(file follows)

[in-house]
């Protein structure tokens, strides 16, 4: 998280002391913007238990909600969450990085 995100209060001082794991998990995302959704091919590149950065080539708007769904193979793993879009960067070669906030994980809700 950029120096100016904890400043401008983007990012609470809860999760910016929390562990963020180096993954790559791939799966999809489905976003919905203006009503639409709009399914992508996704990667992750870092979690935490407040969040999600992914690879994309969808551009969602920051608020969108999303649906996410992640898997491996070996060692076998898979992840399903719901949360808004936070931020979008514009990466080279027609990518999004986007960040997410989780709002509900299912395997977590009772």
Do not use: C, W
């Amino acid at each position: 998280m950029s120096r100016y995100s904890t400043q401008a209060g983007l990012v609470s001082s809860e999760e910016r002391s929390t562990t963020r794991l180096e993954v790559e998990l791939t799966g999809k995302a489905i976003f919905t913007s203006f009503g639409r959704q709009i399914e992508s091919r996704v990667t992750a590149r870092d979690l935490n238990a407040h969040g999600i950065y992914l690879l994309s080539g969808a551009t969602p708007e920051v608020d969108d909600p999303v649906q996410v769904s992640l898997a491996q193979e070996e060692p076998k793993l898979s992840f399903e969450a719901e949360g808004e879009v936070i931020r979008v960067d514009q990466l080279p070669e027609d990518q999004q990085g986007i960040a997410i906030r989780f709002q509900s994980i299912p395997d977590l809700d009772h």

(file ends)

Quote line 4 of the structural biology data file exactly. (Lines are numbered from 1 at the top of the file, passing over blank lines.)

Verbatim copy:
């Amino acid at each position: 998280m950029s120096r100016y995100s904890t400043q401008a209060g983007l990012v609470s001082s809860e999760e910016r002391s929390t562990t963020r794991l180096e993954v790559e998990l791939t799966g999809k995302a489905i976003f919905t913007s203006f009503g639409r959704q709009i399914e992508s091919r996704v990667t992750a590149r870092d979690l935490n238990a407040h969040g999600i950065y992914l690879l994309s080539g969808a551009t969602p708007e920051v608020d969108d909600p999303v649906q996410v769904s992640l898997a491996q193979e070996e060692p076998k793993l898979s992840f399903e969450a719901e949360g808004e879009v936070i931020r979008v960067d514009q990466l080279p070669e027609d990518q999004q990085g986007i960040a997410i906030r989780f709002q509900s994980i299912p395997d977590l809700d009772h």